F1 issue apology to Las Vegas locals for huge Grand Prix disruption caused

Jamie Woodhouse
The Las Vegas F1 track pictured at night.

The Las Vegas F1 track pictured at night.

Liberty Media CEO Greg Maffei has apologised for the disruption caused to locals in preparation for the Las Vegas Grand Prix, though stressed the anticipated positive impacts of the event.

Formula 1 makes its return to the city of Las Vegas with a Grand Prix brought together by the series itself, an event which has been bolded and highlighted on the F1 2023 calendar for many ever since it was announced.

But, with the construction of a street track taking in the iconic Las Vegas Strip needed to host the Formula 1 action, it has been a hectic nine months to get Las Vegas ready for the task.

Formula 1 apologise to Las Vegas locals

Extensive resurfacing of roads and the building of the pits and paddock, on brownfield land bought by Liberty for $240 million, has been far from ideal for the residents of Las Vegas.

Local resistance to the event has been shown at times, including the tearing apart of privacy films which had been placed to stop people from getting a birds-eye view of the circuit from nearby overhead bridges.

Access to the Strip will be compromised, with the roads used as part of the circuit to begin their shutdown from 1700 local time on each day of track action, then reopening from 2am.

Maffei issued an apology for the disruption caused and thanked the Las Vegas residents for “their willingness to tolerate us”, while stressing that they will benefit from Formula 1’s presence in the long run.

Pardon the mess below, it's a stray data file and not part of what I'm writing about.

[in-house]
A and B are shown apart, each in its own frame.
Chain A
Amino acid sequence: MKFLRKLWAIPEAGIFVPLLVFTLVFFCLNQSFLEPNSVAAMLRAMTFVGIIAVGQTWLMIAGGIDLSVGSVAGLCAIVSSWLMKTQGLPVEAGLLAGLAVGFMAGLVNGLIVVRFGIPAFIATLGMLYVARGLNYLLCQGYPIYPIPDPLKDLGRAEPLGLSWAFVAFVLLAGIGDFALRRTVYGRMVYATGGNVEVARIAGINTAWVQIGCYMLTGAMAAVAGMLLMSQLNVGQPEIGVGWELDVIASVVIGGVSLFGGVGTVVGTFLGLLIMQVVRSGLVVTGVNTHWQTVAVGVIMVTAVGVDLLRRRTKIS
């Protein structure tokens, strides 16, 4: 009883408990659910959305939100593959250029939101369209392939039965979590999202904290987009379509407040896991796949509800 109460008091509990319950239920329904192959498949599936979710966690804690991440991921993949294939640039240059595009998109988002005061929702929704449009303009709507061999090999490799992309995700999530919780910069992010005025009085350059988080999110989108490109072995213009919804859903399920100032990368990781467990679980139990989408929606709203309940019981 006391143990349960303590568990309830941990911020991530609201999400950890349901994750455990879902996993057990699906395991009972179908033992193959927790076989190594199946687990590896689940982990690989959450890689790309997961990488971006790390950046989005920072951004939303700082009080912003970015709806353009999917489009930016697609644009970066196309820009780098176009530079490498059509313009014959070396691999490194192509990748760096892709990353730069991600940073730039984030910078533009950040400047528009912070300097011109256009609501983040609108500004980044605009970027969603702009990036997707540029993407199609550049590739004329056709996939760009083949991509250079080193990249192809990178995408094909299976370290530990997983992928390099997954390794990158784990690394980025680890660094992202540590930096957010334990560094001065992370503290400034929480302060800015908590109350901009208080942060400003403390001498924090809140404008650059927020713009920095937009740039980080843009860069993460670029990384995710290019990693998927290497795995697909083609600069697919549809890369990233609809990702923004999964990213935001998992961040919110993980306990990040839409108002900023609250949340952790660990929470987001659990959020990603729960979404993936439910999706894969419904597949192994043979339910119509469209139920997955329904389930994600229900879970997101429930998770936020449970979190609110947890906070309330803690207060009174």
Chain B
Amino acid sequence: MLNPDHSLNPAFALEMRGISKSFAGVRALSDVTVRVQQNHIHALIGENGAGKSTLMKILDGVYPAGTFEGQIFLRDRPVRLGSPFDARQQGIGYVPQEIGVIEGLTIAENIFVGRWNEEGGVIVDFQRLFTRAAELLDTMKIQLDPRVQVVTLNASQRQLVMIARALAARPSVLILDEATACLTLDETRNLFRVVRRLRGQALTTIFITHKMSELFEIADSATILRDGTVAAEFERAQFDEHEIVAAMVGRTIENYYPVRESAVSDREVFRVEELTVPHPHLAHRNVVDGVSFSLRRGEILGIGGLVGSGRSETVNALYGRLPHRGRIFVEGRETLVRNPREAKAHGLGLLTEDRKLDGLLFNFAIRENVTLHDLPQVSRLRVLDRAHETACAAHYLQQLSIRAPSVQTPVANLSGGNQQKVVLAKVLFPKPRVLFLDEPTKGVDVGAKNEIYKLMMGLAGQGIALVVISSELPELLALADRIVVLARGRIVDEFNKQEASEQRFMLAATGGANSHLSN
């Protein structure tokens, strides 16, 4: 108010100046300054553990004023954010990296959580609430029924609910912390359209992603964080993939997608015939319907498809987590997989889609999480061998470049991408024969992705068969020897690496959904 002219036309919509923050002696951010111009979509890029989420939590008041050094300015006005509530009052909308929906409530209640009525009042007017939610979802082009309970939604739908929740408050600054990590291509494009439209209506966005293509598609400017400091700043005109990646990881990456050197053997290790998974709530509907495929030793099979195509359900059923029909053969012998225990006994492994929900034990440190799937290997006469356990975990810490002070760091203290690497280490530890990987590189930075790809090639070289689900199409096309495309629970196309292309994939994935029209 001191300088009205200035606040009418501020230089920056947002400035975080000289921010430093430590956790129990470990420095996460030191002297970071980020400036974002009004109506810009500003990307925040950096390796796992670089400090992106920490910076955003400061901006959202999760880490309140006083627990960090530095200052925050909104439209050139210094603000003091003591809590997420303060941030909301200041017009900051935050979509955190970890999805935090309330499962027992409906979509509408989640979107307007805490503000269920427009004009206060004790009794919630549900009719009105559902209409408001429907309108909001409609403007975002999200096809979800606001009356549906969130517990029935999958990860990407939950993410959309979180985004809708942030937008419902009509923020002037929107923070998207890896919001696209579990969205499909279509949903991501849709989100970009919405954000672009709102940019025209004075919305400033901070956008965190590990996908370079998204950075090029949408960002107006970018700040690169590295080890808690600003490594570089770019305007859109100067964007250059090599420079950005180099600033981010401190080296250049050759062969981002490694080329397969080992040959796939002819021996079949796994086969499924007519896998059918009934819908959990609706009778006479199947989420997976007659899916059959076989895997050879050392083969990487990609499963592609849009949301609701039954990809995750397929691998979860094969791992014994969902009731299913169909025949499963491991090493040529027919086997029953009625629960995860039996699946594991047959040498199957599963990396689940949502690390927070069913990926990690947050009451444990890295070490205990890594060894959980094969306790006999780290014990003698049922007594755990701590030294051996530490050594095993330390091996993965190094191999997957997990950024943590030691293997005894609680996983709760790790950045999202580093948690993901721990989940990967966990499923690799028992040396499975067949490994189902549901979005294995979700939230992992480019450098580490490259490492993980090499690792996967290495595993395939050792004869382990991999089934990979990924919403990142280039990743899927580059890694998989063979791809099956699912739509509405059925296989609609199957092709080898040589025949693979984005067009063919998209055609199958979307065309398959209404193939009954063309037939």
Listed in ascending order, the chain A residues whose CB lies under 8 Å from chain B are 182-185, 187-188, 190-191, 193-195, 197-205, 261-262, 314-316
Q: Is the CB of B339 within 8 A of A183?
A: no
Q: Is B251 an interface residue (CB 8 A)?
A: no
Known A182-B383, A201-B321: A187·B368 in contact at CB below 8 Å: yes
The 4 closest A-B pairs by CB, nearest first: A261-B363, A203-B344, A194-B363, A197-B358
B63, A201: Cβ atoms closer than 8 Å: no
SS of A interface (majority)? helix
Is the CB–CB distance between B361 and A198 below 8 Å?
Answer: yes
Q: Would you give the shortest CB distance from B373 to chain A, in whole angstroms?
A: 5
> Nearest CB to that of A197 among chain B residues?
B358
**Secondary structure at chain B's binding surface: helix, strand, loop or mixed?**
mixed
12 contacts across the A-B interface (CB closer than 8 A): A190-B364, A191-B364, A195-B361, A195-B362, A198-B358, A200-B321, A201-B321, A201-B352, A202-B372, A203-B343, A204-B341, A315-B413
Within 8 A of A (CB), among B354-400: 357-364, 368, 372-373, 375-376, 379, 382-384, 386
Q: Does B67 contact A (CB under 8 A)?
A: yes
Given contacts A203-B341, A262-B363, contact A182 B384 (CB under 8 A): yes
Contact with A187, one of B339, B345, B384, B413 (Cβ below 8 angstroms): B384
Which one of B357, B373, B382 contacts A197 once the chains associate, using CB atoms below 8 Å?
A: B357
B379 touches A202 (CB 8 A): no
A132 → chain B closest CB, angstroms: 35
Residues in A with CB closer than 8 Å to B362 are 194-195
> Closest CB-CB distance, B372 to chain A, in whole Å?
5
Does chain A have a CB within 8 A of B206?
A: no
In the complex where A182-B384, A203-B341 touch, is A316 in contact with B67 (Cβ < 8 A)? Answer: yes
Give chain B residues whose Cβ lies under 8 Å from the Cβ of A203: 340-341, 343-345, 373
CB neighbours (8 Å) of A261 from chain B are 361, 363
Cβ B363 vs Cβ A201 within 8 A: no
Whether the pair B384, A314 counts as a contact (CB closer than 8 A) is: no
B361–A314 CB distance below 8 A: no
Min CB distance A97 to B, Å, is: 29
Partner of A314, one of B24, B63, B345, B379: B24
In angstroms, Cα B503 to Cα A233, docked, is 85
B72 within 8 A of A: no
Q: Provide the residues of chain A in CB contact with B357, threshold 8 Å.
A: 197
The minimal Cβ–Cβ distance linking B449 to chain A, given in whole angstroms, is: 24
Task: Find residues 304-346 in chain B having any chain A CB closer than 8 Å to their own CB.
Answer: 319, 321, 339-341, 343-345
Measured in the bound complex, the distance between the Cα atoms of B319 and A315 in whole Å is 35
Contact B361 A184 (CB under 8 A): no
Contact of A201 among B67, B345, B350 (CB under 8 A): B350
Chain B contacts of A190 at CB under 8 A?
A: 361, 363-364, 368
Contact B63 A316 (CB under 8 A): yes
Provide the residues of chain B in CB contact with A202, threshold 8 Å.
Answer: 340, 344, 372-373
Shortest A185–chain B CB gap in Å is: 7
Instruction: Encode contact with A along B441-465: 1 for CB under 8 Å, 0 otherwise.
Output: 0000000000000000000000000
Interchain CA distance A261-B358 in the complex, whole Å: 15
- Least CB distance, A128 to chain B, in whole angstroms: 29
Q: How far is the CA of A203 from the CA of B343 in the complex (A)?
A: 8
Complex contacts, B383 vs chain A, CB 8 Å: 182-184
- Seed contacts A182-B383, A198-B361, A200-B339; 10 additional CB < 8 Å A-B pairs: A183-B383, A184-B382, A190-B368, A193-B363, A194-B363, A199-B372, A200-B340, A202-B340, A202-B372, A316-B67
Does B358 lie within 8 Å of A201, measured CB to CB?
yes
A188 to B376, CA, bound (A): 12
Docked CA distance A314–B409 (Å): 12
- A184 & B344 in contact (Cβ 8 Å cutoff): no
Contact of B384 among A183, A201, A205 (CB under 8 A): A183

“I want to apologise to all the Las Vegas residents and we appreciate that they have their forbearance and their willingness to tolerate us,” said Maffei.

“We’re going to bring something like $1.7 billion of revenue to the area. So it’s not just for the benefit of fans who want to view. We hope this is a great economic benefit in Las Vegas.

“We hope this is the most difficult year with all the construction that went on and things will be easier in the future.”

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Las Vegas Grand Prix CEO Renee Wilm revealed that transportation has been the biggest challenge surrounding the event to manage, revealing temporary bridges for pedestrians and vehicles as part of the measures to keep the city moving during the F1 action.

“I would say the biggest challenge is really just transportation planning,” she told Sky Sports.

“We are essentially encapsulating 60,000 hotel rooms, workers, guests and visitors of Las Vegas. And how do we ensure that we are able to keep traffic moving, keep people moving when the track is hot?

“And in that regard, we have installed three temporary bridges which will allow vehicles to access the interior of the track while we are during race time. And working with the locals hand and glove to figure out how we continue to move the employees and how we get guests into the interior of the track.”

Las Vegas marks the penultimate round of F1 2023, the season concluding in Abu Dhabi on the following weekend.

Read next – Revealed: The team to watch out for at the Las Vegas Grand Prix